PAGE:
Lemma. Let  [a,b] \subseteq K \subseteq \mathbb{R} , and suppose that  f: K \to \mathbb{R} is bounded on  [a,b] . Let  P be a partition of  [a,b] , and let  \epsilon >0 . Then there exist Riemann sums  \mathcal{R}_{1}(f,P) and  \mathcal{R}_{2}(f,P) such that  \mathcal{U}(f,P) \leq \mathcal{R}_{1}(f,P) + \epsilon and  \mathcal{L}(f,P) \geq \mathcal{R}_{2}(f,P)- \epsilon .

Proof. By definition,  \mathcal{U}(f,P) = \sum_{i=1}^{n} M_{i}(x_{i}-x_{i-1}) and  \mathcal{L}(f,P) = \sum_{i=1}^{n} m_{i}(x_{i}-x_{i-1}) . Now  M_{i} = \sup \{f(x): x \in [x_{i-1}, x_{i}] \} and  m_i = \inf \{ f(x): x \in [x_{i-1}, x_i] \} . Let  S = \{x: x \in [x_{i-1}, x_i] \} . Then there exists  x_j \in S such that  |x_j-M_i| < \epsilon .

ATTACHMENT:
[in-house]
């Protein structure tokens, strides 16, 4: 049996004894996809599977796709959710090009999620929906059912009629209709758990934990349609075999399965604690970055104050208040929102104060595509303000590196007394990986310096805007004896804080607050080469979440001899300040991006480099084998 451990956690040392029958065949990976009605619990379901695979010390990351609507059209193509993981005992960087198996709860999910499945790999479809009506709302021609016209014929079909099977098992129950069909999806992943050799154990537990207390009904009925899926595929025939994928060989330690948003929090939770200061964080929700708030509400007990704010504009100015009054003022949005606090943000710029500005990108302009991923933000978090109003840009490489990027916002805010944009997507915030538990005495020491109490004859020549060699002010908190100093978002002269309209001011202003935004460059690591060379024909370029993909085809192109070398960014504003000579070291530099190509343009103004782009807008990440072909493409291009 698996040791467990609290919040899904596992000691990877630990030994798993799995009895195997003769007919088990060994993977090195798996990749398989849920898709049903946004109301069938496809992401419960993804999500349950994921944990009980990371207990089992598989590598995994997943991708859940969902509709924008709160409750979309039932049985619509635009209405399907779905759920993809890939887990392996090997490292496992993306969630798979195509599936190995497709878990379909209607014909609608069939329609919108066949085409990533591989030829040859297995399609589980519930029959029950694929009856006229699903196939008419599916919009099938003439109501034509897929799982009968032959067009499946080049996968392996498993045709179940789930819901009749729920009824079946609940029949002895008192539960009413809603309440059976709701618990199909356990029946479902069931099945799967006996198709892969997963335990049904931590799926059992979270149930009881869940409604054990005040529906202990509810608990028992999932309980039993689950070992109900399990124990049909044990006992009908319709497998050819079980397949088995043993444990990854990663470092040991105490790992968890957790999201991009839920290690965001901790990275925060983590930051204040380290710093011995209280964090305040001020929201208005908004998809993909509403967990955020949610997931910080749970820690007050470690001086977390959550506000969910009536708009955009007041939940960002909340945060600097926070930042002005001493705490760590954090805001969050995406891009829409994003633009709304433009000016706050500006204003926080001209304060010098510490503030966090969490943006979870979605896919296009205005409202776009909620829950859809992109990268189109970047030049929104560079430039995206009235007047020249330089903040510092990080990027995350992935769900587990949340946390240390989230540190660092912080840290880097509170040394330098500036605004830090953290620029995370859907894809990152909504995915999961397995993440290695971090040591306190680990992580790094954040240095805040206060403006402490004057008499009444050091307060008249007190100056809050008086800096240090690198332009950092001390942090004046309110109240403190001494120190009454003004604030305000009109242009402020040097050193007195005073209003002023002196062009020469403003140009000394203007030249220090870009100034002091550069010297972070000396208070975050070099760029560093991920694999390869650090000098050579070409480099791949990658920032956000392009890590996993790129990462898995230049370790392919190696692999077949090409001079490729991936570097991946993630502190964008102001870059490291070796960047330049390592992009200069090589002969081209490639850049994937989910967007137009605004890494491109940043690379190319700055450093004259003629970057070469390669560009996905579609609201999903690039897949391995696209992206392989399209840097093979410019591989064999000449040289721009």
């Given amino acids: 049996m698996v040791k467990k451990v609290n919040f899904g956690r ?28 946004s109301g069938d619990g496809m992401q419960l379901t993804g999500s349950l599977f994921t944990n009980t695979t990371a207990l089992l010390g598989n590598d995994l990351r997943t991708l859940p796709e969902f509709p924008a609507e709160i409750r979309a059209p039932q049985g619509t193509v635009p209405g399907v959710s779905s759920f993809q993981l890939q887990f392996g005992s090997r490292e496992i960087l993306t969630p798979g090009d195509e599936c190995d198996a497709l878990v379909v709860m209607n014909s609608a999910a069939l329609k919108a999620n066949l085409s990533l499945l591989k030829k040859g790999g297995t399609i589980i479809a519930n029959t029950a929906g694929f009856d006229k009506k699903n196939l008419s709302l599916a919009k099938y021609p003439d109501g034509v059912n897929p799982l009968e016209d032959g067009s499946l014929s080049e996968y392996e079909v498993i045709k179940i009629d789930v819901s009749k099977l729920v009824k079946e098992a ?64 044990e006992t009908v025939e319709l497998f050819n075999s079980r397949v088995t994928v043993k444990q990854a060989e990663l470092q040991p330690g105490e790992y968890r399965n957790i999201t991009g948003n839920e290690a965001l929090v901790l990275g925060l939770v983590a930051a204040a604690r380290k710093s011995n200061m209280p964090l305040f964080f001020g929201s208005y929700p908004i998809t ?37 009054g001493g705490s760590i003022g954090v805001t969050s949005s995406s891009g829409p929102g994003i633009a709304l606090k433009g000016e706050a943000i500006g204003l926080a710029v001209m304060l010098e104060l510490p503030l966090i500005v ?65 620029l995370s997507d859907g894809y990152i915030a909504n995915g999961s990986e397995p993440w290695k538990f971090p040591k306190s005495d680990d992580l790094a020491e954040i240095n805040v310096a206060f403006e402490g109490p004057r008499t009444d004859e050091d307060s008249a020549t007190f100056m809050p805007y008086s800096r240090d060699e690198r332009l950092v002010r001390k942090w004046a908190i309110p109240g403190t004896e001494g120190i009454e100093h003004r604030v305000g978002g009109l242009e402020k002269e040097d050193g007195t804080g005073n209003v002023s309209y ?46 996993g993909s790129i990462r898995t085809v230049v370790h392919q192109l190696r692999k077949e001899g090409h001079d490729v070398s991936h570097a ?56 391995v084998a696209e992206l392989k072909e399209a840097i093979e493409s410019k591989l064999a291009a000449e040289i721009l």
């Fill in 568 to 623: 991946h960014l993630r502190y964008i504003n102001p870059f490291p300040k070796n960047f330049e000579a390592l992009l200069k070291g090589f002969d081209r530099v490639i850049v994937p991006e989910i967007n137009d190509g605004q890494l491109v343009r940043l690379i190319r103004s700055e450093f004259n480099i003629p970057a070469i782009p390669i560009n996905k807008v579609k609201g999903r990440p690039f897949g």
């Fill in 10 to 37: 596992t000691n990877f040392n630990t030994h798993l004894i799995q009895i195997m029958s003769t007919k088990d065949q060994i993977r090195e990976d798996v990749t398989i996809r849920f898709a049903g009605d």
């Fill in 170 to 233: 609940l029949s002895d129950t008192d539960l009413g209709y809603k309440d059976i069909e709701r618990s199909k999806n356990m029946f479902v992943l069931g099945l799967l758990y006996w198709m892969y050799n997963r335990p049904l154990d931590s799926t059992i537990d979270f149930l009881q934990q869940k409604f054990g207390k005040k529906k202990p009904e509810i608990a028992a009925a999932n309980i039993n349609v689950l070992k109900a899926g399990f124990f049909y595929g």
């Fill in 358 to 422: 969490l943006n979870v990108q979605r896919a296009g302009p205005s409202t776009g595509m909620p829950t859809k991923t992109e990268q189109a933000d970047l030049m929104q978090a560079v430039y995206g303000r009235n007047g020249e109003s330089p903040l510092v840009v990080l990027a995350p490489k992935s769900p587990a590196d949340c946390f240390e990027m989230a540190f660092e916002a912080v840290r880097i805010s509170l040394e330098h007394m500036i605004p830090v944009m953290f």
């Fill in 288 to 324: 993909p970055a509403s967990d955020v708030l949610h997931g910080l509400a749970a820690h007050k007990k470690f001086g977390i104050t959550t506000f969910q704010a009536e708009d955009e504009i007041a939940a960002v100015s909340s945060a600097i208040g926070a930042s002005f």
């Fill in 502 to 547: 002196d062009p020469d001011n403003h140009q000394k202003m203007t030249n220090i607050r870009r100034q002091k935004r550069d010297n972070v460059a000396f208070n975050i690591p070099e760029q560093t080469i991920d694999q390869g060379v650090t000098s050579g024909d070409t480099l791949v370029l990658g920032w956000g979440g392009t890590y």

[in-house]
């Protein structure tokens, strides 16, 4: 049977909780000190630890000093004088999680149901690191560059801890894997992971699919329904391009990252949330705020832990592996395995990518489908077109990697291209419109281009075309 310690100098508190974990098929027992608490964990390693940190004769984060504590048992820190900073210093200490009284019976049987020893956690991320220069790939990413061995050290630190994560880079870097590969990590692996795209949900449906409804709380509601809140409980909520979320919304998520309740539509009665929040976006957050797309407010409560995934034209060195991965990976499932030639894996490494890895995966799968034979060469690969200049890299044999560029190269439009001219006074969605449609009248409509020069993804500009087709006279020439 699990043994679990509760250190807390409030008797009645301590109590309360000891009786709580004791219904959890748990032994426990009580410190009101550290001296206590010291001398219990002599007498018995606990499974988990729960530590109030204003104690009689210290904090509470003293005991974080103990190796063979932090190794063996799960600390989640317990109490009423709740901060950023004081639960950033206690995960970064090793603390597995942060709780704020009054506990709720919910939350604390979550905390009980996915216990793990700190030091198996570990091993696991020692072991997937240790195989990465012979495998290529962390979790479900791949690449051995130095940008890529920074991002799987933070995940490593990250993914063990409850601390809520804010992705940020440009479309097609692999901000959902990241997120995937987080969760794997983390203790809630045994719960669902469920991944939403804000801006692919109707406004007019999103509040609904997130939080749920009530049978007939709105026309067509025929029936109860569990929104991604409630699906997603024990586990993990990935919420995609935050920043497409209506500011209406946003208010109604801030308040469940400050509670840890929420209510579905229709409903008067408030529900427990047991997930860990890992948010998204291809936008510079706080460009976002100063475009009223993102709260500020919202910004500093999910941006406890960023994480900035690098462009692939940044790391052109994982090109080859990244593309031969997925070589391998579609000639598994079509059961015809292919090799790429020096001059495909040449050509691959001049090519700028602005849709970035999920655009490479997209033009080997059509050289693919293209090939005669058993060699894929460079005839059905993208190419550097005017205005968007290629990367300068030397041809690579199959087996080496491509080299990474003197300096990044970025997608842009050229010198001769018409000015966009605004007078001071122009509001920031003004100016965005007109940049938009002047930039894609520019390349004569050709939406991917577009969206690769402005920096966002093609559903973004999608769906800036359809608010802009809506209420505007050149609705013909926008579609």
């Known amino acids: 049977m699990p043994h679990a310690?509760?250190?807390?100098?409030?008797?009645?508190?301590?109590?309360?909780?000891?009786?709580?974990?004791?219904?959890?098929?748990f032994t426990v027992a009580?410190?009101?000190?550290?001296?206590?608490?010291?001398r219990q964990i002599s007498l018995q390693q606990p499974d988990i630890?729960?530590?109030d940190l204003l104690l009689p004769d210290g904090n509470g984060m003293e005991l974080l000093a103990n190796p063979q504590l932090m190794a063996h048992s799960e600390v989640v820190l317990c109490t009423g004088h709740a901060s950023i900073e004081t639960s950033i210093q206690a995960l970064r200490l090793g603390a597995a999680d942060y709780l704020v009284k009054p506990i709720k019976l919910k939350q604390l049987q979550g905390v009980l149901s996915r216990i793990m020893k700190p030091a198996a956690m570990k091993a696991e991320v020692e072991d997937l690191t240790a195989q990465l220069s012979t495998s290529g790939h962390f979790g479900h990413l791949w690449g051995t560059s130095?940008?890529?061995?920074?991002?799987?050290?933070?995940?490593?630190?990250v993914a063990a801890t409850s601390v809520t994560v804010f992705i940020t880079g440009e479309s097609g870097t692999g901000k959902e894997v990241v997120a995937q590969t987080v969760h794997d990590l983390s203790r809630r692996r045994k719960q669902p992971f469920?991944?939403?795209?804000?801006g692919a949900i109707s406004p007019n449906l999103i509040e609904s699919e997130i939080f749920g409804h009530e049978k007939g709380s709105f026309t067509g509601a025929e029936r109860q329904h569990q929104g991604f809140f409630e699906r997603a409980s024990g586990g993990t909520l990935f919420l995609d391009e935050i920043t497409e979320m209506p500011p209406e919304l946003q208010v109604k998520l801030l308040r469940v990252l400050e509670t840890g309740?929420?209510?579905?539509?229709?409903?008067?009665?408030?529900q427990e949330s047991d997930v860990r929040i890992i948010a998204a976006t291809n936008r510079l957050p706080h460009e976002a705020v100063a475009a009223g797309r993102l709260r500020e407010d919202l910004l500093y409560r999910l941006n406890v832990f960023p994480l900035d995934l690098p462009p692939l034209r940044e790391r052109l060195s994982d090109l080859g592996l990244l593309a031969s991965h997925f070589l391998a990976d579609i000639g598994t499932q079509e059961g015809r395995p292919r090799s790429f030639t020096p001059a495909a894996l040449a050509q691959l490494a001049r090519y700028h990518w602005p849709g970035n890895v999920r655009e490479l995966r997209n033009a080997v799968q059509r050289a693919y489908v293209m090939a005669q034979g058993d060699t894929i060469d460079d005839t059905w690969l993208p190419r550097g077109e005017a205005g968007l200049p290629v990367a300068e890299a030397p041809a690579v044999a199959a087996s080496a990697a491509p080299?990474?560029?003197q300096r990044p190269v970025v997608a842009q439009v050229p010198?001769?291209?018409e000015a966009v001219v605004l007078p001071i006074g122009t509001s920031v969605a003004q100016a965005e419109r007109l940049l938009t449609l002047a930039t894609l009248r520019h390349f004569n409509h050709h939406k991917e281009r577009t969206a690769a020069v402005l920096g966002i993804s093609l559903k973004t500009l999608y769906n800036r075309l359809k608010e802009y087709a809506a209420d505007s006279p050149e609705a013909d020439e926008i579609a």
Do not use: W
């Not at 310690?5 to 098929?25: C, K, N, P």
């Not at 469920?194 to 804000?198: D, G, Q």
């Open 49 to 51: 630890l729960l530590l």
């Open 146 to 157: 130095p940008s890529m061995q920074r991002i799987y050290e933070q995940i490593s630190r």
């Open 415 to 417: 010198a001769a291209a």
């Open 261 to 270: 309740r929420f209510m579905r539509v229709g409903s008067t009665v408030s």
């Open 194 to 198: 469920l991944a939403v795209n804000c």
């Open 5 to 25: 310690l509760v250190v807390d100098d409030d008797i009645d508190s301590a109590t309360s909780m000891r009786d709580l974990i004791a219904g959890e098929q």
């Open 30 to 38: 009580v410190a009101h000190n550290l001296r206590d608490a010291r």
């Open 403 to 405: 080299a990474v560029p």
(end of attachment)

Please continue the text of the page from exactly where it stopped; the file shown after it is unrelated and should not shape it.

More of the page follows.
Thus  M_i < x_j + \epsilon . If we choose  x_j = x_{i}^{*} as the test points, then it follows that  \mathcal{U}(f,P) \leq \mathcal{R}_{1}(f,P)+ \epsilon . The other case follows similarly.  \diamond


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